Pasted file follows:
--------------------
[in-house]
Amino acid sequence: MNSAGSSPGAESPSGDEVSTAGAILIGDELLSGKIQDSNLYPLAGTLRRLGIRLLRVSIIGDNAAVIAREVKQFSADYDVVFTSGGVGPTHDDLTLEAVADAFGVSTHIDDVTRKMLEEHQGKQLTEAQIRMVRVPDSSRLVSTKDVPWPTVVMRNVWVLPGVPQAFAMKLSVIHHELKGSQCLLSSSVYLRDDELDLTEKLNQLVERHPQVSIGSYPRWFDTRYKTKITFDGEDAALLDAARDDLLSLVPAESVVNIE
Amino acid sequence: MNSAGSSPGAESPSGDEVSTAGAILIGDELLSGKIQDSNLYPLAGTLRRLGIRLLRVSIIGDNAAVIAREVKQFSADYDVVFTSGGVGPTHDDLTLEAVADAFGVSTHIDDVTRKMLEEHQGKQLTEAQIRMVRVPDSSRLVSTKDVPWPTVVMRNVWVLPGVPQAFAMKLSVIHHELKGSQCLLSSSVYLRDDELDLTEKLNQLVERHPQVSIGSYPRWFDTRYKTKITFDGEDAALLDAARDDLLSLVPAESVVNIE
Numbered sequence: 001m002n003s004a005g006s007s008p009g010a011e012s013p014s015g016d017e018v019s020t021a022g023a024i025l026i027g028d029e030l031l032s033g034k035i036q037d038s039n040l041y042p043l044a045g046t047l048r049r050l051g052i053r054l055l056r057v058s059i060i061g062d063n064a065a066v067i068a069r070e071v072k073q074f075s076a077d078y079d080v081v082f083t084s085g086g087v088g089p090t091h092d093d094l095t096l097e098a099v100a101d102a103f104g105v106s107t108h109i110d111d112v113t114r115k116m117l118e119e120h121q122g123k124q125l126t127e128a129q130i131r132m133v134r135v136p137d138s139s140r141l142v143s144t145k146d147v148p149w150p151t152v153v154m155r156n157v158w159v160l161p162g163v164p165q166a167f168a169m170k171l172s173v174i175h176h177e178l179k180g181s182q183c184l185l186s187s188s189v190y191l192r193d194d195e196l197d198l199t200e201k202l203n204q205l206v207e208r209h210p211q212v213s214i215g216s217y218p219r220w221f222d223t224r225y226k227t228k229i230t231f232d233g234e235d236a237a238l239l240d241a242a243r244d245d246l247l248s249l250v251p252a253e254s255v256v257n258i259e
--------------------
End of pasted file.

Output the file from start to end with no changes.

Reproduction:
[in-house]
Amino acid sequence: MNSAGSSPGAESPSGDEVSTAGAILIGDELLSGKIQDSNLYPLAGTLRRLGIRLLRVSIIGDNAAVIAREVKQFSADYDVVFTSGGVGPTHDDLTLEAVADAFGVSTHIDDVTRKMLEEHQGKQLTEAQIRMVRVPDSSRLVSTKDVPWPTVVMRNVWVLPGVPQAFAMKLSVIHHELKGSQCLLSSSVYLRDDELDLTEKLNQLVERHPQVSIGSYPRWFDTRYKTKITFDGEDAALLDAARDDLLSLVPAESVVNIE
Amino acid sequence: MNSAGSSPGAESPSGDEVSTAGAILIGDELLSGKIQDSNLYPLAGTLRRLGIRLLRVSIIGDNAAVIAREVKQFSADYDVVFTSGGVGPTHDDLTLEAVADAFGVSTHIDDVTRKMLEEHQGKQLTEAQIRMVRVPDSSRLVSTKDVPWPTVVMRNVWVLPGVPQAFAMKLSVIHHELKGSQCLLSSSVYLRDDELDLTEKLNQLVERHPQVSIGSYPRWFDTRYKTKITFDGEDAALLDAARDDLLSLVPAESVVNIE
Numbered sequence: 001m002n003s004a005g006s007s008p009g010a011e012s013p014s015g016d017e018v019s020t021a022g023a024i025l026i027g028d029e030l031l032s033g034k035i036q037d038s039n040l041y042p043l044a045g046t047l048r049r050l051g052i053r054l055l056r057v058s059i060i061g062d063n064a065a066v067i068a069r070e071v072k073q074f075s076a077d078y079d080v081v082f083t084s085g086g087v088g089p090t091h092d093d094l095t096l097e098a099v100a101d102a103f104g105v106s107t108h109i110d111d112v113t114r115k116m117l118e119e120h121q122g123k124q125l126t127e128a129q130i131r132m133v134r135v136p137d138s139s140r141l142v143s144t145k146d147v148p149w150p151t152v153v154m155r156n157v158w159v160l161p162g163v164p165q166a167f168a169m170k171l172s173v174i175h176h177e178l179k180g181s182q183c184l185l186s187s188s189v190y191l192r193d194d195e196l197d198l199t200e201k202l203n204q205l206v207e208r209h210p211q212v213s214i215g216s217y218p219r220w221f222d223t224r225y226k227t228k229i230t231f232d233g234e235d236a237a238l239l240d241a242a243r244d245d246l247l248s249l250v251p252a253e254s255v256v257n258i259e